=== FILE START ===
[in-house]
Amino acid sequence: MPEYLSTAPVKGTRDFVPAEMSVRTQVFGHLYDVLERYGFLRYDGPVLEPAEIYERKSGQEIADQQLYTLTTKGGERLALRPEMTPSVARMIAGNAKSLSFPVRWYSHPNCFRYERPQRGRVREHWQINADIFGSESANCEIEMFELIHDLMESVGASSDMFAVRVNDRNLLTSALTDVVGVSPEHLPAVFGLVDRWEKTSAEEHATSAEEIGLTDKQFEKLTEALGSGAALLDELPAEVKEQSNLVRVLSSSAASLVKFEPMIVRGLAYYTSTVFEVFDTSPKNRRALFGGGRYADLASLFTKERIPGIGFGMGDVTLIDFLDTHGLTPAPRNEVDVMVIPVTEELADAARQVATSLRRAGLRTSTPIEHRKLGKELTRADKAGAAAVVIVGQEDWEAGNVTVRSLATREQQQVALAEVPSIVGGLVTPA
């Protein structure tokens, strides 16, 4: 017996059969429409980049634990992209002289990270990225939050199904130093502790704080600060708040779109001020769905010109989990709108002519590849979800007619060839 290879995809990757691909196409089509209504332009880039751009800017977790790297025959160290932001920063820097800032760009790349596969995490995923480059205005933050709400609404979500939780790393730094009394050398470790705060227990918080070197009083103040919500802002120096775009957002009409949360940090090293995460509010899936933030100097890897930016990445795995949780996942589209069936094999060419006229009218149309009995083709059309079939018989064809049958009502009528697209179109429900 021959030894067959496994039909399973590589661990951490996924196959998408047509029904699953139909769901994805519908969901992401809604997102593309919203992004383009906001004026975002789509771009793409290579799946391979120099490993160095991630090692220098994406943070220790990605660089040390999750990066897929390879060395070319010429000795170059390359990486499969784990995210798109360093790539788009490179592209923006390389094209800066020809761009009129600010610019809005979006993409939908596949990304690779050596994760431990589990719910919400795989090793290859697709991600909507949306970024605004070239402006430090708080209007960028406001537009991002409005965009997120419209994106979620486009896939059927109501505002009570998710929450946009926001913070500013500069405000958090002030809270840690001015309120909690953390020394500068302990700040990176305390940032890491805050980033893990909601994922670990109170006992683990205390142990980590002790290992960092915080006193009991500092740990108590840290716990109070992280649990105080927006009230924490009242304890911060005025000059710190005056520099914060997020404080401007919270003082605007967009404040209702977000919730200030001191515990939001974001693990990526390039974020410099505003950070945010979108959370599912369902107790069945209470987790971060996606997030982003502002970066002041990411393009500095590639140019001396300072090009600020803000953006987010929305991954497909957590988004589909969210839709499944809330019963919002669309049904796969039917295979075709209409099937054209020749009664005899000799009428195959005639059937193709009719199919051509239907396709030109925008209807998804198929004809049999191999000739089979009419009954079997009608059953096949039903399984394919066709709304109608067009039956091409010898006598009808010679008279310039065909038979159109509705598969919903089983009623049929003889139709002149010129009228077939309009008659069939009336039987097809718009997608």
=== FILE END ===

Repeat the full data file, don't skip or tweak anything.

[in-house]
Amino acid sequence: MPEYLSTAPVKGTRDFVPAEMSVRTQVFGHLYDVLERYGFLRYDGPVLEPAEIYERKSGQEIADQQLYTLTTKGGERLALRPEMTPSVARMIAGNAKSLSFPVRWYSHPNCFRYERPQRGRVREHWQINADIFGSESANCEIEMFELIHDLMESVGASSDMFAVRVNDRNLLTSALTDVVGVSPEHLPAVFGLVDRWEKTSAEEHATSAEEIGLTDKQFEKLTEALGSGAALLDELPAEVKEQSNLVRVLSSSAASLVKFEPMIVRGLAYYTSTVFEVFDTSPKNRRALFGGGRYADLASLFTKERIPGIGFGMGDVTLIDFLDTHGLTPAPRNEVDVMVIPVTEELADAARQVATSLRRAGLRTSTPIEHRKLGKELTRADKAGAAAVVIVGQEDWEAGNVTVRSLATREQQQVALAEVPSIVGGLVTPA
């Protein structure tokens, strides 16, 4: 017996059969429409980049634990992209002289990270990225939050199904130093502790704080600060708040779109001020769905010109989990709108002519590849979800007619060839 290879995809990757691909196409089509209504332009880039751009800017977790790297025959160290932001920063820097800032760009790349596969995490995923480059205005933050709400609404979500939780790393730094009394050398470790705060227990918080070197009083103040919500802002120096775009957002009409949360940090090293995460509010899936933030100097890897930016990445795995949780996942589209069936094999060419006229009218149309009995083709059309079939018989064809049958009502009528697209179109429900 021959030894067959496994039909399973590589661990951490996924196959998408047509029904699953139909769901994805519908969901992401809604997102593309919203992004383009906001004026975002789509771009793409290579799946391979120099490993160095991630090692220098994406943070220790990605660089040390999750990066897929390879060395070319010429000795170059390359990486499969784990995210798109360093790539788009490179592209923006390389094209800066020809761009009129600010610019809005979006993409939908596949990304690779050596994760431990589990719910919400795989090793290859697709991600909507949306970024605004070239402006430090708080209007960028406001537009991002409005965009997120419209994106979620486009896939059927109501505002009570998710929450946009926001913070500013500069405000958090002030809270840690001015309120909690953390020394500068302990700040990176305390940032890491805050980033893990909601994922670990109170006992683990205390142990980590002790290992960092915080006193009991500092740990108590840290716990109070992280649990105080927006009230924490009242304890911060005025000059710190005056520099914060997020404080401007919270003082605007967009404040209702977000919730200030001191515990939001974001693990990526390039974020410099505003950070945010979108959370599912369902107790069945209470987790971060996606997030982003502002970066002041990411393009500095590639140019001396300072090009600020803000953006987010929305991954497909957590988004589909969210839709499944809330019963919002669309049904796969039917295979075709209409099937054209020749009664005899000799009428195959005639059937193709009719199919051509239907396709030109925008209807998804198929004809049999191999000739089979009419009954079997009608059953096949039903399984394919066709709304109608067009039956091409010898006598009808010679008279310039065909038979159109509705598969919903089983009623049929003889139709002149010129009228077939309009008659069939009336039987097809718009997608």